Gilbert, Blubaugh differ on hot issues; A1
Daily Staff Writer
The campaign has been sedate, even friendly by state standards.
But the race to be the next delegate from the 15th District is one of significant contrasts.
With incumbent Del. Allen Louderback, R-Luray, not seeking a third term, Democrat Jim Blubaugh, 58, of Rappahannock County, and Republican Todd Gilbert, 35, of Shenandoah County, are facing off in the area’s only contested race for the lower house this year.
Del. Clay Athey, R-Front Royal, Del. Beverly Sherwood, R-Winchester, and Del. Joe May, R-Leesburg, are all unopposed in their bids for re-election.
Blubaugh is a retired federal worker who has done stints at the U.S. Department of Commerce, State Department and the CIA.
Gilbert was an assistant commonwealth’s attorney in Shenandoah County until last month, when he took a part-time job with the Warren County prosecutor’s office to devote more time to the campaign.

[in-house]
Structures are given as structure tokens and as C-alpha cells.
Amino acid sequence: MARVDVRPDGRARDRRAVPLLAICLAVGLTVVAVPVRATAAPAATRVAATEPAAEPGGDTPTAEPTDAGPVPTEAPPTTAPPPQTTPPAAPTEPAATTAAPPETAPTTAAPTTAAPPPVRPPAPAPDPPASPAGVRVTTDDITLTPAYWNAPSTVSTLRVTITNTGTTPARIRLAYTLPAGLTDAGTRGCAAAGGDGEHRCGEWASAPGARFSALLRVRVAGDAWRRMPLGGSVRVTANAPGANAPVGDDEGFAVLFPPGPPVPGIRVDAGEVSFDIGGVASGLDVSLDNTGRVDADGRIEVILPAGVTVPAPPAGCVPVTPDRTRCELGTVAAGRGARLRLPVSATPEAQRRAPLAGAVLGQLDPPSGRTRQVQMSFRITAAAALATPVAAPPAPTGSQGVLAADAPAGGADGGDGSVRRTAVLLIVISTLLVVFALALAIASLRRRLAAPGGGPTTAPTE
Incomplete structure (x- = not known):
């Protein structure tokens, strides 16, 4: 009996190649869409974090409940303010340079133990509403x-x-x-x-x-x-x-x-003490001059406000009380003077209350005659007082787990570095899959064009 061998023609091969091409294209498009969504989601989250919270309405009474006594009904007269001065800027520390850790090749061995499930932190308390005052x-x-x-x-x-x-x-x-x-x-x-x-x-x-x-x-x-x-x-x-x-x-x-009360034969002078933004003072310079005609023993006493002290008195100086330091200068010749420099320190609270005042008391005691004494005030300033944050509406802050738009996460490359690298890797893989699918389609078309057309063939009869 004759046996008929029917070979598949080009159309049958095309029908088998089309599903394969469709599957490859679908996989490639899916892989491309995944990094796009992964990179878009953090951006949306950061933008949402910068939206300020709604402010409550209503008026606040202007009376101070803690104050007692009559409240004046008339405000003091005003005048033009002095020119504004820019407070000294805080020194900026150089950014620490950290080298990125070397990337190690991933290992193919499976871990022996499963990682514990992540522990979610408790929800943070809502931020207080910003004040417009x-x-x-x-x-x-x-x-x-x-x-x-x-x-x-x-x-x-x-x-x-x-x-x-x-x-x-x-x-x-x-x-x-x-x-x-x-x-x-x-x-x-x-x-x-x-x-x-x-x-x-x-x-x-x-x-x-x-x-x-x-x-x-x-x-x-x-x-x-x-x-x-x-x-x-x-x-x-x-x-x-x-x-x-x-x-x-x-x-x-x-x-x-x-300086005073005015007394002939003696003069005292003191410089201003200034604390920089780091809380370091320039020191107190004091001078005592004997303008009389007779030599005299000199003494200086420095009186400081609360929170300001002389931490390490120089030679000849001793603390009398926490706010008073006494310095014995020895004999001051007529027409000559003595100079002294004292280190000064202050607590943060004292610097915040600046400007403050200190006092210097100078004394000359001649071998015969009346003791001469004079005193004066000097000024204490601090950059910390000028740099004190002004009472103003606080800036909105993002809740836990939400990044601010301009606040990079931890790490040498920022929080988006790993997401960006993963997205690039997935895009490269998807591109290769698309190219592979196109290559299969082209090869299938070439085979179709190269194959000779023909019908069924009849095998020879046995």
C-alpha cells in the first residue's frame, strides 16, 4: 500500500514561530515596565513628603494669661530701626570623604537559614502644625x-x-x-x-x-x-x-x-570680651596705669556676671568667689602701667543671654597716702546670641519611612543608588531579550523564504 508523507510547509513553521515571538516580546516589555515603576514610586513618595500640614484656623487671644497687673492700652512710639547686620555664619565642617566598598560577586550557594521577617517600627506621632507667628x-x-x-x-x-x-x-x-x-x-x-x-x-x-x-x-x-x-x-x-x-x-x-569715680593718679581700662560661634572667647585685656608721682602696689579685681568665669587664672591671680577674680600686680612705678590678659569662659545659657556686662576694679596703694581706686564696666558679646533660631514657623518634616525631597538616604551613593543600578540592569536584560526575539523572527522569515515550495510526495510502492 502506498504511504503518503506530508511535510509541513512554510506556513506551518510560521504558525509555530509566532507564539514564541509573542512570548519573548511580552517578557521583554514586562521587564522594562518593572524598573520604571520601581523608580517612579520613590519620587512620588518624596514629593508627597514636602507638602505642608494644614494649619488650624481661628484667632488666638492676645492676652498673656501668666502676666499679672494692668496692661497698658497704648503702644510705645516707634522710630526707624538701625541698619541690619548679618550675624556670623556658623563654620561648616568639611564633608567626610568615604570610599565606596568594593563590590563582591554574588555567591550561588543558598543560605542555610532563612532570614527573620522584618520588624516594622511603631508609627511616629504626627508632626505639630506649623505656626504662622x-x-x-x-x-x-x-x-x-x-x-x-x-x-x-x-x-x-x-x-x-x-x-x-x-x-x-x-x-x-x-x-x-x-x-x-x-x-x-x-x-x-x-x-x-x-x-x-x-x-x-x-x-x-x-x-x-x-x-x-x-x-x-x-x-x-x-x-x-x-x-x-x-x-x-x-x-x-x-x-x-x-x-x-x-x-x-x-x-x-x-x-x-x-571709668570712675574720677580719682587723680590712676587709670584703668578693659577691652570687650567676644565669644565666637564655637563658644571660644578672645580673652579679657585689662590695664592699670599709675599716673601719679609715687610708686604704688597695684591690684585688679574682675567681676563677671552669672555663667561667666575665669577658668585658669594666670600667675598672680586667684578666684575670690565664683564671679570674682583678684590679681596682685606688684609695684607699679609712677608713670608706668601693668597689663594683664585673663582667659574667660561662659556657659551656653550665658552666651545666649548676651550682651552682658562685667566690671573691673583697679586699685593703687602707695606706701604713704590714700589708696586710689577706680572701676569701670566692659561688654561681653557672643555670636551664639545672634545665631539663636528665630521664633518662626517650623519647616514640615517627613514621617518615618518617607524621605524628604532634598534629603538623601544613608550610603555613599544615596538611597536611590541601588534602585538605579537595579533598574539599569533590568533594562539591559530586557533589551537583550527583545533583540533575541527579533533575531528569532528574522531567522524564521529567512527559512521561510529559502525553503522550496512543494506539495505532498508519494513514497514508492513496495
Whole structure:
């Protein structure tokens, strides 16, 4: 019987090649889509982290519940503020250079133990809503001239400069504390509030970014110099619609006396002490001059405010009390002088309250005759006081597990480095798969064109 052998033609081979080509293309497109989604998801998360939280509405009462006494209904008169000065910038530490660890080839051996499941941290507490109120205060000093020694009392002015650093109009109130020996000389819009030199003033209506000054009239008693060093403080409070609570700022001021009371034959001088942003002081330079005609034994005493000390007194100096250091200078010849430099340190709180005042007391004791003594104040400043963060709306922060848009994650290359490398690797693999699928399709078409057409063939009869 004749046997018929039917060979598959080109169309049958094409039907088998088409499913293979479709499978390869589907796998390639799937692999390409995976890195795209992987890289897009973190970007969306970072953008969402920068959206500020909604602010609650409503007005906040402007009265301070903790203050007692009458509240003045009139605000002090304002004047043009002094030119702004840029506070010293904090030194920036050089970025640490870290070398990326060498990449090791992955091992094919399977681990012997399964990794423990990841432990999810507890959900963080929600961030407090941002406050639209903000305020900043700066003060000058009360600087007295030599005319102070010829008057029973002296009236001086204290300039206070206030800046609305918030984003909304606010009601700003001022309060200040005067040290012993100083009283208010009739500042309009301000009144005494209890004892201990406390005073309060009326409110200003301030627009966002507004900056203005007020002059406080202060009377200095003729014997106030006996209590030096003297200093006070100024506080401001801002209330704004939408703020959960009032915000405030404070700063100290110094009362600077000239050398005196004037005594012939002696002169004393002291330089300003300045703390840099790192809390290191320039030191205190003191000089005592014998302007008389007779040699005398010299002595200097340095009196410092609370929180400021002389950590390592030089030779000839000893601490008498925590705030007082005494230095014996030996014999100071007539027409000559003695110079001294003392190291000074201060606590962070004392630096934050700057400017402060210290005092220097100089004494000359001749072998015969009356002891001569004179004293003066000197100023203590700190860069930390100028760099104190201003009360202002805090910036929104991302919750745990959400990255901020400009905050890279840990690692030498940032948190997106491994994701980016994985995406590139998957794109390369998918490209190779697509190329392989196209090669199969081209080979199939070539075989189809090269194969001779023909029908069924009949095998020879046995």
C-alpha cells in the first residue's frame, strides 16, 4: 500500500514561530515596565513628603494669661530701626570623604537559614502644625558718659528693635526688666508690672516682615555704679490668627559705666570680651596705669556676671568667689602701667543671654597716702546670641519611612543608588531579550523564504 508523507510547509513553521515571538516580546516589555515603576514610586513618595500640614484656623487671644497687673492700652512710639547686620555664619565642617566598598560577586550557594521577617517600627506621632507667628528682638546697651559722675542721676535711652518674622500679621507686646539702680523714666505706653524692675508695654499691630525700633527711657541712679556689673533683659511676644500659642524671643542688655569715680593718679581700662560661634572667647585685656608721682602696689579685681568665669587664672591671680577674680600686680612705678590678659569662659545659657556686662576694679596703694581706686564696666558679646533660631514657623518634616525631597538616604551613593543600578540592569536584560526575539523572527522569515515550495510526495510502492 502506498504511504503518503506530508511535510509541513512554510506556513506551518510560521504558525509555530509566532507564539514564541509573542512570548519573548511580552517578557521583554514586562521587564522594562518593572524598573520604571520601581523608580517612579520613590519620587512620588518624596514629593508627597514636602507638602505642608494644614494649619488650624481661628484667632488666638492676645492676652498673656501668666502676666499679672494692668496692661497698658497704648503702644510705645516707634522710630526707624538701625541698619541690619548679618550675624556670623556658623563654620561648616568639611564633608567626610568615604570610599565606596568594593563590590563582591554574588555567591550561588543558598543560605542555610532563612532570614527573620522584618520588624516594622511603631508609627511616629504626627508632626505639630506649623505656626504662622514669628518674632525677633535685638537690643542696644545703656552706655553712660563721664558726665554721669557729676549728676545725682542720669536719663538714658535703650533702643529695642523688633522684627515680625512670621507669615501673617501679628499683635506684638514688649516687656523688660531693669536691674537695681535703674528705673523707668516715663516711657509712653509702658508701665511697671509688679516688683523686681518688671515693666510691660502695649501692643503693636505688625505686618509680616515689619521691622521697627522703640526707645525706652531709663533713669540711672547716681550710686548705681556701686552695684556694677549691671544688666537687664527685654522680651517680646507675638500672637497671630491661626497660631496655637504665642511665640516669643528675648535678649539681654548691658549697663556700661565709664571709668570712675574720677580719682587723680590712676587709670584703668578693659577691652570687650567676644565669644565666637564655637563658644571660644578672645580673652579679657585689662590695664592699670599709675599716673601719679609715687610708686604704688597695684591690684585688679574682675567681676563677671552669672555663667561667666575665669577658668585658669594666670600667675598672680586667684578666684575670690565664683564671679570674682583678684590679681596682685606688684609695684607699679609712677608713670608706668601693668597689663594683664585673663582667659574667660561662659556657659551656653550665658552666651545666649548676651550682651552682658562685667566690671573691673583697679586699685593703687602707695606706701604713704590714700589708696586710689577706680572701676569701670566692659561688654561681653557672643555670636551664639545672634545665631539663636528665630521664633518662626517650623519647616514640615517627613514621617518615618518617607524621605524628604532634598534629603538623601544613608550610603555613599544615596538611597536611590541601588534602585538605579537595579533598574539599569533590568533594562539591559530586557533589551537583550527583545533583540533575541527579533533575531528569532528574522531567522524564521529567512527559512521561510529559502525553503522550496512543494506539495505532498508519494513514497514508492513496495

The candidates sat down for separate interviews with The Northern Virginia Daily to talk about their views.
Blubaugh and Gilbert are on opposite ends of the spectrum when it comes to the 2004 state budget agreement.
“I think [the agreement] was a very good thing,” Blubaugh said of the deal, which raised $1.6 billion in new taxes, while reducing the food tax and some income taxes.
It is true that the state is now running a surplus, but “hindsight is wonderful,” he said. “Maybe had we known everything that was going to happen in the economy, we would have voted a little bit differently.”
At the time, though, it wasn’t clear that the state’s economy would produce the money needed to cover a massive budget shortfall, Blubaugh said, and Virginia’s bond rating was in trouble.